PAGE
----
Saving banks (from themselves)
July 16, 2020
Unlike the financial crisis of 2007-09, banks have yet to face serious flak during the COVID-19 pandemic. They will. With loan defaults spiking and increasing pressure with respect to dividend payments and mortgage holidays, it’ll not be long before banks find themselves under pressure: from their customers, from politicians and, of course, from the media.
Even in normal times banks are prone to both scandal and crisis, some of which have been fatal for the institutions involved. But were poor communications as much responsible for their downfall as the crisis itself? Sometimes not: for instance, the downfall of BCCI in 1991 was due to “massive” levels of money laundering. But not all crises should condemn the entire bank – including its staff, investors and depositors. If concerns, once apparent, are well handled by those in charge of communications, institutions can come out the other side, and sometimes even prosper.
The key here is to be principles led. Banks often make great play of their founding principles yet, when a crisis hits, their principles tend to abandon them: at the very moment they need them most. Yet, no matter what the crisis, comms should be focused on three highly principled outcomes: full disclosure, full admission (of guilt, if applicable), and full recompense. Yes, in practice, this may not be possible. There may be contractual confidentialities, sub-judicial restrictions or regulatory barriers preventing full disclosure. And banks may be storing-up trouble by admitting guilt prematurely.
But the principles should remain the benchmark with respect to communications and messaging so that, even when prevented for fully adhering to the principles, they remain the yardstick for communications. The principles should be stated in communications – and repeated – with the clear caveat that, where disclosure or admission is impossible/premature, there’s strong and ethical reasoning why. This makes the principles liberating for a bank with respect to crisis comms, allowing them to behave and communicate in ways that are both obvious to all concerned and, with respect to any future judgements, positive, helping build (or rebuild) trust in the institution.
So why don’t they? When a crisis hits banks usually response with retrenchment. Word goes out: say nothing, speak to no one, avoid contact. While an instinctive fight-or-flight response, this is not a good look at the best of times. In a scandal or crisis, it’s a disaster – allowing just about any other narrative to take hold than the one that could help salvage the situation: i.e. the truth.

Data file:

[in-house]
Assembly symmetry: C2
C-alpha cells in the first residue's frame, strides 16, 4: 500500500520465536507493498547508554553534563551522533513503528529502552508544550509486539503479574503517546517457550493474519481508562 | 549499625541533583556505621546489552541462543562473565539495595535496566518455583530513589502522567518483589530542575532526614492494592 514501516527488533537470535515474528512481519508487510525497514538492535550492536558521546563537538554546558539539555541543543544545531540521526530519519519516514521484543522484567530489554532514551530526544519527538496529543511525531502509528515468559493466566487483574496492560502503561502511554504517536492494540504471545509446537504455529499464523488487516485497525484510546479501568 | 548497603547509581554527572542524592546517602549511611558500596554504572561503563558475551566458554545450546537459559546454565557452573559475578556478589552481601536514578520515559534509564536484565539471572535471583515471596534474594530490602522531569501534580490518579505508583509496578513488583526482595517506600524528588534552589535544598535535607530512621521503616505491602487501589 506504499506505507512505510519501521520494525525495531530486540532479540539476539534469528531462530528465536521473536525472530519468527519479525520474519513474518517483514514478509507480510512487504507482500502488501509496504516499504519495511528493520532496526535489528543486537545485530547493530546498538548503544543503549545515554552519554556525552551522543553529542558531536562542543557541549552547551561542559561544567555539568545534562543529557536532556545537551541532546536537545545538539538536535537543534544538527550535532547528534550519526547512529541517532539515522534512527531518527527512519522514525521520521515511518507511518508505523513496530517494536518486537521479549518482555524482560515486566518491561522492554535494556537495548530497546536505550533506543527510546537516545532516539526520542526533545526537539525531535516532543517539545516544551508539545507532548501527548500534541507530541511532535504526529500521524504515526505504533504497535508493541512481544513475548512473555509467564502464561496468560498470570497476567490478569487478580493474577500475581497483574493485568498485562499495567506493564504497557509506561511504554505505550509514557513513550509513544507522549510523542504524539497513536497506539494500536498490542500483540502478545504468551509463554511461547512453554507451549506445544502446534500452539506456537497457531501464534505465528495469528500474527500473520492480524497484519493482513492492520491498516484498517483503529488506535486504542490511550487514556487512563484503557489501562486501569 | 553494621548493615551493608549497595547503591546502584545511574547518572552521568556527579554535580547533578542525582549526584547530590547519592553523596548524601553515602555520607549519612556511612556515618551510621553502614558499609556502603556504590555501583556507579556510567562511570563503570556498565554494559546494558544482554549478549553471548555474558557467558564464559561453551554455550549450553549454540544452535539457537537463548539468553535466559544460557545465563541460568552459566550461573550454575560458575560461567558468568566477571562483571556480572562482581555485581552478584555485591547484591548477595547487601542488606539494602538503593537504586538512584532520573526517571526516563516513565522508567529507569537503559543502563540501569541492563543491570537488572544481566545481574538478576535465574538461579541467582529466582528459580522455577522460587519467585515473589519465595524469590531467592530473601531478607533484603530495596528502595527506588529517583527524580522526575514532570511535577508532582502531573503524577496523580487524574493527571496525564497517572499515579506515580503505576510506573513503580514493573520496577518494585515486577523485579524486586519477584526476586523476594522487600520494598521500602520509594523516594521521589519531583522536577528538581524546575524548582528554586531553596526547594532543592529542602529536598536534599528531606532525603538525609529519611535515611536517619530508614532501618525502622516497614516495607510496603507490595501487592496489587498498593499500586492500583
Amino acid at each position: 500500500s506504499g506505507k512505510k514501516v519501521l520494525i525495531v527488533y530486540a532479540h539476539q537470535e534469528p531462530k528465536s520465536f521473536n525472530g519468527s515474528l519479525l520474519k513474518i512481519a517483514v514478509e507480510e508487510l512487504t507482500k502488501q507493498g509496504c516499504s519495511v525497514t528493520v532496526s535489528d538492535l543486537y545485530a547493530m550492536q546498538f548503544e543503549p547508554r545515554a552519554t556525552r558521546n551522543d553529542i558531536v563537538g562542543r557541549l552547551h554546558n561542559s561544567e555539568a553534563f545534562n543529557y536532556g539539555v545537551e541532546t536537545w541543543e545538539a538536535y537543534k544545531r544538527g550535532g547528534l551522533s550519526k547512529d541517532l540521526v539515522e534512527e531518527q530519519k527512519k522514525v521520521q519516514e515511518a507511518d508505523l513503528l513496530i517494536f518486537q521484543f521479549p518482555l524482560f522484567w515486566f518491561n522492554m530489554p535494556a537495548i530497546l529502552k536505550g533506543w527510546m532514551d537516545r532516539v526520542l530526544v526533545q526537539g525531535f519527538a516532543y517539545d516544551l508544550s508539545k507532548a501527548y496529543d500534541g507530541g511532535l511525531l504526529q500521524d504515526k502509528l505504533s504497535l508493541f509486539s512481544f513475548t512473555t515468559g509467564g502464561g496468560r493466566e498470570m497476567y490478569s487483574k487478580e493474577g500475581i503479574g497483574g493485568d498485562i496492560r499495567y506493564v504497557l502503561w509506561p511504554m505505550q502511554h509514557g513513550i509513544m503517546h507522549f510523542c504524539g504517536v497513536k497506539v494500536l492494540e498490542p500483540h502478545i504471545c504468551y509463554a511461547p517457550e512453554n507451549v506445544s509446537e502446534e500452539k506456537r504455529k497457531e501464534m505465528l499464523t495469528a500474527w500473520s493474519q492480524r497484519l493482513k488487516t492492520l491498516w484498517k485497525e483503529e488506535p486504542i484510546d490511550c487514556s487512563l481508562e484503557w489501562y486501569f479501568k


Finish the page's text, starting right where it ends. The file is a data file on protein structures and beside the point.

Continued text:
The reason for doing this is that banks are usually unprepared. They have no playbook for communicating with key audiences. So, faced with a situation in which every utterance could mean curtains for the bank, they go into a huddle and vow a silence that only exacerbates the concerns.
The alternative is to get on the front foot by preparing for a crisis. And that means making communications an integral part of any contingency planning. Obviously, every crisis is different – making full preparation impossible. Yet crises occur in what we would call broad “scenario buckets” that can be, by-and-large, predicted. There are buckets that involve financial crime (whether a rogue trader, anti-money laundering violation or sanctions busting); IT/systems concerns (perhaps a network crash or data-breach); counterparty risks (maybe a large customer going bust); or unexpected external events (perhaps a bomb in the HQ’s street or even a global pandemic).
Each scenario will trigger consequences that can be further predicted, allowing a process to be developed with respect to the who/what/where of communicating key messaging to particular audiences using varied formats. And from that process there’s the ability to develop pre-agreed language and messaging that helps keep banks on track in terms of communications and messaging while also allowing the reactive injection of the unique circumstances of a live situation.
Templates, in other words. Emails, letters, call scripts, media statements, even text messages: all outlining pre-prepared language with text gaps for filling in the details of a live crisis. Once triggered, the crisis playbooks buy comms teams valuable time and invaluable clarity in terms of what to say, to whom and when.
When a crisis hits, organisations have around one hour to respond before they start losing control of the narrative. This is the “golden hour”. And if it’s spent creating a process, finding the right people, writing base content and then calculating the how and what of distribution, any time left will likely be used having a panic attack. Bring up a ready-made document from the relevant scenario bucket, however, and the switch from reactive to proactive communications may help save the bank from collapse.